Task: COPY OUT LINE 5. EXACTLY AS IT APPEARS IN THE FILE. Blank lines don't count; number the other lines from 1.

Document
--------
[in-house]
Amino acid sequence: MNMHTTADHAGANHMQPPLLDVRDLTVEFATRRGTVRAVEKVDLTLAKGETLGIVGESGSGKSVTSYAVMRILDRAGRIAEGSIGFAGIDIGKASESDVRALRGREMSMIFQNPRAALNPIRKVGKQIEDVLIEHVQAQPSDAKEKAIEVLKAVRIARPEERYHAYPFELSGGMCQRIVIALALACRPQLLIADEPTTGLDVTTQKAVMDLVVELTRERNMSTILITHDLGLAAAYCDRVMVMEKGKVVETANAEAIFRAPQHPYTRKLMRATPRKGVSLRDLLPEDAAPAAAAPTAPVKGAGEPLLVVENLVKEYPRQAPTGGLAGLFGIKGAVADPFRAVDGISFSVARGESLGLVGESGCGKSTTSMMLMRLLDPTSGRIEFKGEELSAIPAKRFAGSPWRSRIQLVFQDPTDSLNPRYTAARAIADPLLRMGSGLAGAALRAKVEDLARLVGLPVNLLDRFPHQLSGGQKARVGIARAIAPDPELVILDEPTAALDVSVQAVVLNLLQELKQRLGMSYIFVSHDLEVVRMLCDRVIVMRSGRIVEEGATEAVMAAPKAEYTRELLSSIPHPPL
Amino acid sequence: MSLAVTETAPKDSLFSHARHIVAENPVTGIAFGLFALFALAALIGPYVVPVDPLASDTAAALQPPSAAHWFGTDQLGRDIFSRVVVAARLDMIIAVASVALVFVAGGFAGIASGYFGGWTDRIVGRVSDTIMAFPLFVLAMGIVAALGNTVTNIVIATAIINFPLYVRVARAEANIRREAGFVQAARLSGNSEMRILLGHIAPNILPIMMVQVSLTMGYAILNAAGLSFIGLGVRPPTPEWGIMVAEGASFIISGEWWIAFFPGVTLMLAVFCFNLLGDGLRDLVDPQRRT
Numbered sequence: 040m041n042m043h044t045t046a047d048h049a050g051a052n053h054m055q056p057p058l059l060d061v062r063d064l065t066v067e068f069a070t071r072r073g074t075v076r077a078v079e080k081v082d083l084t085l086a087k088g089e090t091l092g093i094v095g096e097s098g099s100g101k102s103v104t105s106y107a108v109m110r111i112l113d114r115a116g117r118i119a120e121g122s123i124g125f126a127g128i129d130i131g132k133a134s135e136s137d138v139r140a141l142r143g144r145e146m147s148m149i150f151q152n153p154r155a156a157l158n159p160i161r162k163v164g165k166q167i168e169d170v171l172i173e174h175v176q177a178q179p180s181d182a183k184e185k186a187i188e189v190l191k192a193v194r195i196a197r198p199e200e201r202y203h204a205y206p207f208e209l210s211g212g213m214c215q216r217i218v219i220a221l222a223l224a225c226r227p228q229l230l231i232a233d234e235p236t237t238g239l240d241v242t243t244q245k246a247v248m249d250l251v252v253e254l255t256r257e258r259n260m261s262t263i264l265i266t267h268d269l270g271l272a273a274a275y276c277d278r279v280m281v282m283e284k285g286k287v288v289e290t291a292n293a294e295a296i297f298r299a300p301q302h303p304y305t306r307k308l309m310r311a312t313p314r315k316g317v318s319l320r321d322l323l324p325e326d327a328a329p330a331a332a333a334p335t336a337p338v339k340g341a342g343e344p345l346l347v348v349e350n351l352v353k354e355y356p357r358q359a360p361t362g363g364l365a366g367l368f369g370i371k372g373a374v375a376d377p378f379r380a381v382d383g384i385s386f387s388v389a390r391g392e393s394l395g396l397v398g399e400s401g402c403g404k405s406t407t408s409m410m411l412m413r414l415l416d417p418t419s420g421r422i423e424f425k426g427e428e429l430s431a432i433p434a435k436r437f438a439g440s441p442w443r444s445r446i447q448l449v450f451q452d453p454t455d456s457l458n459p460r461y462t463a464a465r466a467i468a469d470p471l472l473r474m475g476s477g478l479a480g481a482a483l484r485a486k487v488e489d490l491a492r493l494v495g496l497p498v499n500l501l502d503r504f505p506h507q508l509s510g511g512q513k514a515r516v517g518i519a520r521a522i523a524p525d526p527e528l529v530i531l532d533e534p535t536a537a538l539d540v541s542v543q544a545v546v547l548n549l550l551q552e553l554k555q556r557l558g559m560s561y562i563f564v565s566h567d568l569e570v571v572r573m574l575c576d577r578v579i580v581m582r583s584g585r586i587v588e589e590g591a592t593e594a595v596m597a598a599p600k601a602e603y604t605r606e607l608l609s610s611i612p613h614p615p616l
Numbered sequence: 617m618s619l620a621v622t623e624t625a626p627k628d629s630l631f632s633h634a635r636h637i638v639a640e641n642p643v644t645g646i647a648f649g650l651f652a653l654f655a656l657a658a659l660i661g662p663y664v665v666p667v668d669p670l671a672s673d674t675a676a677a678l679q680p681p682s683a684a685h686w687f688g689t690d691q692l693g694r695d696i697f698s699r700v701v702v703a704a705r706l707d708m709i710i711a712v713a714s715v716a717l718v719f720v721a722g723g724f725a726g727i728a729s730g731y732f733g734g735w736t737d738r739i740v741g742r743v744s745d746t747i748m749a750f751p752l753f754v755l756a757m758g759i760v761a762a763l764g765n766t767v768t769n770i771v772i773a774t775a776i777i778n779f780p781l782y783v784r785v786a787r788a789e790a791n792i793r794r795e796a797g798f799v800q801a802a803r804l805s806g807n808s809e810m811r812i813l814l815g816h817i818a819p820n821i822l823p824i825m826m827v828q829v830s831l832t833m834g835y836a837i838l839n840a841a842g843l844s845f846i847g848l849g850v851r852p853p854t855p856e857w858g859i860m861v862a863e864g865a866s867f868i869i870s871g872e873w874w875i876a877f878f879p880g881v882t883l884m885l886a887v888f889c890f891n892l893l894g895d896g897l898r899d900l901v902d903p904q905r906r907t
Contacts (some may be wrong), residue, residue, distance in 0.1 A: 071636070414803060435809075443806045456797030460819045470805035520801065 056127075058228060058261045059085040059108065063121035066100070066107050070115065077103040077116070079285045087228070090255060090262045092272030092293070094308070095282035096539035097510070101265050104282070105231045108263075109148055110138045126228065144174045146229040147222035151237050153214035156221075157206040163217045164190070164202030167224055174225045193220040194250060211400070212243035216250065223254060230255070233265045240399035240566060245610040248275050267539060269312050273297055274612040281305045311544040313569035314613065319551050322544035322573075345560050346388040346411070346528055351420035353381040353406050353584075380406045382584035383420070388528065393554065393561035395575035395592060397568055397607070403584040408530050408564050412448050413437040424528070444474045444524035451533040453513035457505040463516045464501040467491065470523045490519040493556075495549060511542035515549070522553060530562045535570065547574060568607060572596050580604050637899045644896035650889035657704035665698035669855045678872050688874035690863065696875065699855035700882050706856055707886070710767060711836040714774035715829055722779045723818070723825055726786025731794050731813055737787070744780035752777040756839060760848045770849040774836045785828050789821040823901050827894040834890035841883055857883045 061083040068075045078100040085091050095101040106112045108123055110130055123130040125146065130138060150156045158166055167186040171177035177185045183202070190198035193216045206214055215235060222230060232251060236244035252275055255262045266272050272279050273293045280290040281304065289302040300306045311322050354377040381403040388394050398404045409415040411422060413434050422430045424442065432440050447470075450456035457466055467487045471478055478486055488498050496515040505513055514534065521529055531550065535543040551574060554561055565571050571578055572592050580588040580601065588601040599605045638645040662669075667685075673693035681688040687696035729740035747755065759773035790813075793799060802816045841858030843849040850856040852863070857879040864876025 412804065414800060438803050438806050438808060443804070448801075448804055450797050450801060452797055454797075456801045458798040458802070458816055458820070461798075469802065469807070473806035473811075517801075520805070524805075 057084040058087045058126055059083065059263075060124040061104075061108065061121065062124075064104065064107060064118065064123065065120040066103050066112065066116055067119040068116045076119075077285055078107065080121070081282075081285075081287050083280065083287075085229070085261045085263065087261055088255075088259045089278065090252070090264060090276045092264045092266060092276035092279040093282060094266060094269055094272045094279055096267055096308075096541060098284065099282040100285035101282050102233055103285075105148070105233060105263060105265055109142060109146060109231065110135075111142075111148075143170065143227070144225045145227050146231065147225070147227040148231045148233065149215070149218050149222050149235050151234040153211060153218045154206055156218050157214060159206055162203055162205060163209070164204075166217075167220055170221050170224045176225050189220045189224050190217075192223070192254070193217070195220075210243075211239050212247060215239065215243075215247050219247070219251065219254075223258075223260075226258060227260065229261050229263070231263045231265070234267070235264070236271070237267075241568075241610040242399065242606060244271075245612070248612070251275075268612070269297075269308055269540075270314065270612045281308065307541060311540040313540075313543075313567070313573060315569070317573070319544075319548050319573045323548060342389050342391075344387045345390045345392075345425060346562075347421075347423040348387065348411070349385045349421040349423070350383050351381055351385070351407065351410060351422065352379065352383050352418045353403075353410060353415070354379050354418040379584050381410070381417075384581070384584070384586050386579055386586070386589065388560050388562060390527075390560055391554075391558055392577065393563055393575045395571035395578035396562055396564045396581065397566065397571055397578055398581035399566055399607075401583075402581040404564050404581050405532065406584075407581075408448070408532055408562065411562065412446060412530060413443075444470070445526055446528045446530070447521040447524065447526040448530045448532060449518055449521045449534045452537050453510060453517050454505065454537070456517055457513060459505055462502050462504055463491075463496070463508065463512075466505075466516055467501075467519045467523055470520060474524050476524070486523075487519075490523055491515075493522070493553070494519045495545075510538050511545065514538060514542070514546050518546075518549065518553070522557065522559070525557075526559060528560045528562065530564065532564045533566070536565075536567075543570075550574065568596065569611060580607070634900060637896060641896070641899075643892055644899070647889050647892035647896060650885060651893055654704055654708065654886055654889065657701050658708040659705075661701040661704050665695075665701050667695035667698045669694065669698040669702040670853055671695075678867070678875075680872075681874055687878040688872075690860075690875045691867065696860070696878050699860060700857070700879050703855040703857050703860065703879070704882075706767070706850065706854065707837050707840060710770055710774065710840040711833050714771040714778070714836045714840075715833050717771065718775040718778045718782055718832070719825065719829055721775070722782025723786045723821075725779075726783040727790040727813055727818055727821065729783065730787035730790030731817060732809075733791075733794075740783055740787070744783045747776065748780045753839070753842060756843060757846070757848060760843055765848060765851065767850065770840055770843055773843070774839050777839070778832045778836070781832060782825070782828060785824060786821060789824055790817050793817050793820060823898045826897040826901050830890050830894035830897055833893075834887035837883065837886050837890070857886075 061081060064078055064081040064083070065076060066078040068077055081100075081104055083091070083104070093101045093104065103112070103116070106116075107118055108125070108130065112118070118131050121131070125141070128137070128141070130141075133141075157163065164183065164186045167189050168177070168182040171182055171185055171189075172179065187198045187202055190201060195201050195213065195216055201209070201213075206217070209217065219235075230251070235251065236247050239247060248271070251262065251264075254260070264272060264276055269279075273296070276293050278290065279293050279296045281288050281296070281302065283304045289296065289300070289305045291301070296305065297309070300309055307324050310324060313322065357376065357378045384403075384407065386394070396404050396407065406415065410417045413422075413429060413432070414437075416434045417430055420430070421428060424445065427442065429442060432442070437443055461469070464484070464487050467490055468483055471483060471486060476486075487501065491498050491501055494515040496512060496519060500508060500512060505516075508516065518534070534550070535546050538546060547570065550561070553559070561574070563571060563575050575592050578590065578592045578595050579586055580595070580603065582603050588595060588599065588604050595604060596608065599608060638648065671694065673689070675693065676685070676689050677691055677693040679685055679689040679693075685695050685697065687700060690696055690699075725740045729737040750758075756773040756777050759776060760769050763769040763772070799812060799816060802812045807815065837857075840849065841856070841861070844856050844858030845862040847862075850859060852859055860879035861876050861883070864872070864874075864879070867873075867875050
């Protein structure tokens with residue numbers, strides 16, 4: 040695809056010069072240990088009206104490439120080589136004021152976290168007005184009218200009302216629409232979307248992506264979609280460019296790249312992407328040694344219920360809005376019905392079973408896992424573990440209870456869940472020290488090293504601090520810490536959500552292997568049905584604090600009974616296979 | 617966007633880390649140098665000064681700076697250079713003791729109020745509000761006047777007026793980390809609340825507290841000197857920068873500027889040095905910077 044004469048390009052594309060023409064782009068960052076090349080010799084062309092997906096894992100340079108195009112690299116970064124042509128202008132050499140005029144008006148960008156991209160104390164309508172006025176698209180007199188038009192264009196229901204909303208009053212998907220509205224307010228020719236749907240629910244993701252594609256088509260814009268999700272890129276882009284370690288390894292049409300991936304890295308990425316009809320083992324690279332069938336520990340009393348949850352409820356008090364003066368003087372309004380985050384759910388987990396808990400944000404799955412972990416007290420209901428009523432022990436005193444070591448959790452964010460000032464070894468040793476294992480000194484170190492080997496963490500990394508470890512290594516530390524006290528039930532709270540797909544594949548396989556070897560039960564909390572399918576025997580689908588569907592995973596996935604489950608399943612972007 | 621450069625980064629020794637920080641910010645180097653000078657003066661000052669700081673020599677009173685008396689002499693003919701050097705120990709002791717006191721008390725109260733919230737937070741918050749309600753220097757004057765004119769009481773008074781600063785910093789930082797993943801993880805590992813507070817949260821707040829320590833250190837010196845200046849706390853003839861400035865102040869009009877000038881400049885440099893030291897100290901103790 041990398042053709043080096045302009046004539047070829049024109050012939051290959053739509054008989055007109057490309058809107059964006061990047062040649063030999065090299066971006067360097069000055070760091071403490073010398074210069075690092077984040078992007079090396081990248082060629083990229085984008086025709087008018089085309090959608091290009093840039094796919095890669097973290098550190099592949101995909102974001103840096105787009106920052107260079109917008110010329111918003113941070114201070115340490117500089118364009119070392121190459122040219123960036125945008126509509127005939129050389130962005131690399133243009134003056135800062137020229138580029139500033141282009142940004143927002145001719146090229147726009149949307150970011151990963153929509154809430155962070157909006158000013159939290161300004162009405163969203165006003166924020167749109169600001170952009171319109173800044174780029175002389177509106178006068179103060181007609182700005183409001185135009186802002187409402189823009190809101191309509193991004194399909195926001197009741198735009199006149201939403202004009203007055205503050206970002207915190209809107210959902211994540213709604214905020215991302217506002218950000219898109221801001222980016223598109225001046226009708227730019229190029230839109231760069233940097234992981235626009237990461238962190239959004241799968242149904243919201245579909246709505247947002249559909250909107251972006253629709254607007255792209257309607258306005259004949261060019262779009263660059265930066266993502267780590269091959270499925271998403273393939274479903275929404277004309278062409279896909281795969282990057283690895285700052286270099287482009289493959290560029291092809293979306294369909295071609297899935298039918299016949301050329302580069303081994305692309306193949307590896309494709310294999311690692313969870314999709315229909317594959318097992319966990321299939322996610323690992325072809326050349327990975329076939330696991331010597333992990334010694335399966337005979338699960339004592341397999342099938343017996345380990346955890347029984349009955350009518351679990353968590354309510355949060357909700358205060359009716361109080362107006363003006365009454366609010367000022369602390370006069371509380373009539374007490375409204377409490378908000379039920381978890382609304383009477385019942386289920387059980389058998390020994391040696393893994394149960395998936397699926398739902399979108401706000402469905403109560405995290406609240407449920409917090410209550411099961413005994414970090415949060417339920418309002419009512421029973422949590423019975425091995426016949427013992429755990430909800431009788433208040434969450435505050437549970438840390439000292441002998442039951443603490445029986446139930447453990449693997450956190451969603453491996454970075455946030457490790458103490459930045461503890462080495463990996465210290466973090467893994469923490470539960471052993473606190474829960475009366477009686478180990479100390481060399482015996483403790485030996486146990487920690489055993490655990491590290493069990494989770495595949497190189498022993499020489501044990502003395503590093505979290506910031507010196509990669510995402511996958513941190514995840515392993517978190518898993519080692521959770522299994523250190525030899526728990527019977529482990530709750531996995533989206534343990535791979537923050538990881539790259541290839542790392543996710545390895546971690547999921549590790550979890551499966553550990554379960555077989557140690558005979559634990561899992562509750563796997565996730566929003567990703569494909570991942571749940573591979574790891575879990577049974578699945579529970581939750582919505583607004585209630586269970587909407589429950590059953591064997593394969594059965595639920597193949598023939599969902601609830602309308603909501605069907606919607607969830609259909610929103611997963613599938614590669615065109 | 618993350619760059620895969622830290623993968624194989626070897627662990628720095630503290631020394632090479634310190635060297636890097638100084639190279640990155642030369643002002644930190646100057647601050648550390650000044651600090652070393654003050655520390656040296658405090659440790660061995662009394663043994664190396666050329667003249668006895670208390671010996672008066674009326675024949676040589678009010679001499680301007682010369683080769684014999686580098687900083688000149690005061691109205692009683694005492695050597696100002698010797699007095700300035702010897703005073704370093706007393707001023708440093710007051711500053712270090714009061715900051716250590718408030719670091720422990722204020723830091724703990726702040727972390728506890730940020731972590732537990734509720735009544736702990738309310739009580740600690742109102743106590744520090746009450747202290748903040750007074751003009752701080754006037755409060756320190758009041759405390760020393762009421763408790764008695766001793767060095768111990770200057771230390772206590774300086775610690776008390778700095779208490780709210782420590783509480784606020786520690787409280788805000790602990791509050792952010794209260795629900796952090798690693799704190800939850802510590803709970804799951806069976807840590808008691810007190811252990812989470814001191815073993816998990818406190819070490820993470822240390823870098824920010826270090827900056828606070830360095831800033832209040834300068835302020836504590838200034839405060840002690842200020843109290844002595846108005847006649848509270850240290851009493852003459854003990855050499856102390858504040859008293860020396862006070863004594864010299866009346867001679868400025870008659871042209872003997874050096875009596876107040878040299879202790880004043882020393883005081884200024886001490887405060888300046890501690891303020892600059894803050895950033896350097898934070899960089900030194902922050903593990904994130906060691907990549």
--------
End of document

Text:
Numbered sequence: 617m618s619l620a621v622t623e624t625a626p627k628d629s630l631f632s633h634a635r636h637i638v639a640e641n642p643v644t645g646i647a648f649g650l651f652a653l654f655a656l657a658a659l660i661g662p663y664v665v666p667v668d669p670l671a672s673d674t675a676a677a678l679q680p681p682s683a684a685h686w687f688g689t690d691q692l693g694r695d696i697f698s699r700v701v702v703a704a705r706l707d708m709i710i711a712v713a714s715v716a717l718v719f720v721a722g723g724f725a726g727i728a729s730g731y732f733g734g735w736t737d738r739i740v741g742r743v744s745d746t747i748m749a750f751p752l753f754v755l756a757m758g759i760v761a762a763l764g765n766t767v768t769n770i771v772i773a774t775a776i777i778n779f780p781l782y783v784r785v786a787r788a789e790a791n792i793r794r795e796a797g798f799v800q801a802a803r804l805s806g807n808s809e810m811r812i813l814l815g816h817i818a819p820n821i822l823p824i825m826m827v828q829v830s831l832t833m834g835y836a837i838l839n840a841a842g843l844s845f846i847g848l849g850v851r852p853p854t855p856e857w858g859i860m861v862a863e864g865a866s867f868i869i870s871g872e873w874w875i876a877f878f879p880g881v882t883l884m885l886a887v888f889c890f891n892l893l894g895d896g897l898r899d900l901v902d903p904q905r906r907t